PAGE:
Distler Farm lies just outside of Louisville. The pastoral name is a bit misleading. In the 1970s this “farm” was a landfill for medical and agricultural waste. It was placed on the EPA’s Superfund list of hazardous waste sites that could pose a risk to the surrounding community.
One thing adding to that risk: Distler Farm lies in the 100-year flood zone of the Ohio River. An AP analysis of EPA data found 16 federal Superfund sites in Kentucky, Ohio and West Virginia that lie in floodplains. It’s one of the factors Larry Hughes has to keep in mind as Superfund branch manager for Kentucky.
“The main thing you might be worried about, and it would depend on the degree of flooding I would think, would be if you had some erosion you had to repair.” Hughes said.
AK That happened once at Distler Farm in the 1970s, when erosion from flooding unearthed drums full of toxic, medical waste. The site is now considered stable after cleanup action, but it’s still on the EPA’s National Priorities List of sites that present a significant risk.
Hughes says in some cases, the strategy is to contain contaminants that cannot be removed. “They reach sort of a technical impasse where there’s just not much more you can do [even] if you could throw all the money and all the technology in the world at it. And a lot of those sites, they’ll just sort of put a cap on it and monitor that groundwater and the conditions in perpetuity sometimes.” He said.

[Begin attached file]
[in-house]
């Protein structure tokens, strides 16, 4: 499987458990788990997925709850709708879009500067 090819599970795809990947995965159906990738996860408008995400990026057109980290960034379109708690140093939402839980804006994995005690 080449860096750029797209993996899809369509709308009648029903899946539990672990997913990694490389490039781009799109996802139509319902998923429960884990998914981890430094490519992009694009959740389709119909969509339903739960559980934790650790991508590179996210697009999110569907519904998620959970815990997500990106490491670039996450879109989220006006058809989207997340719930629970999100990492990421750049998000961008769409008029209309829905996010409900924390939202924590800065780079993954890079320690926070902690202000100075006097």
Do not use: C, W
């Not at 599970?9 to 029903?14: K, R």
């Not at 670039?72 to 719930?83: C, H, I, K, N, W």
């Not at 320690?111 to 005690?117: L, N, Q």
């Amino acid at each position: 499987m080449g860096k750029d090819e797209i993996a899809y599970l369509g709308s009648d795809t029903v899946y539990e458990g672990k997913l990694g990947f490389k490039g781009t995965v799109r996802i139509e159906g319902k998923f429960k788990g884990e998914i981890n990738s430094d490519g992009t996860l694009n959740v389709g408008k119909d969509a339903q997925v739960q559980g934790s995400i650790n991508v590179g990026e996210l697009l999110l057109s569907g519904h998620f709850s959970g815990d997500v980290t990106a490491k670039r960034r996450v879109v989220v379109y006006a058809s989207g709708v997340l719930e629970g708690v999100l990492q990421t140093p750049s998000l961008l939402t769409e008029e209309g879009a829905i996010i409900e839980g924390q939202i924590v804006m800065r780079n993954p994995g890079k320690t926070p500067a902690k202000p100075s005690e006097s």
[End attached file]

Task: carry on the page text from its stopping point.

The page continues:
But the AP data analysis shows 5 of the Ohio Valley’s flood prone sites are not capped. And the federally listed sites aren’t the only ones of concern. The Kentucky Department of Waste Management keeps its own list of hazardous sites. When the Ohio rose to near-record levels in 2011, the state alerted hundreds of waste sites to be sure their toxic containment was holding strong.
Hughes says it is a struggle to keep up with this legacy of industrial waste. “We have very limited funding and resources. And you have such a mountain of sites to deal with,” he said.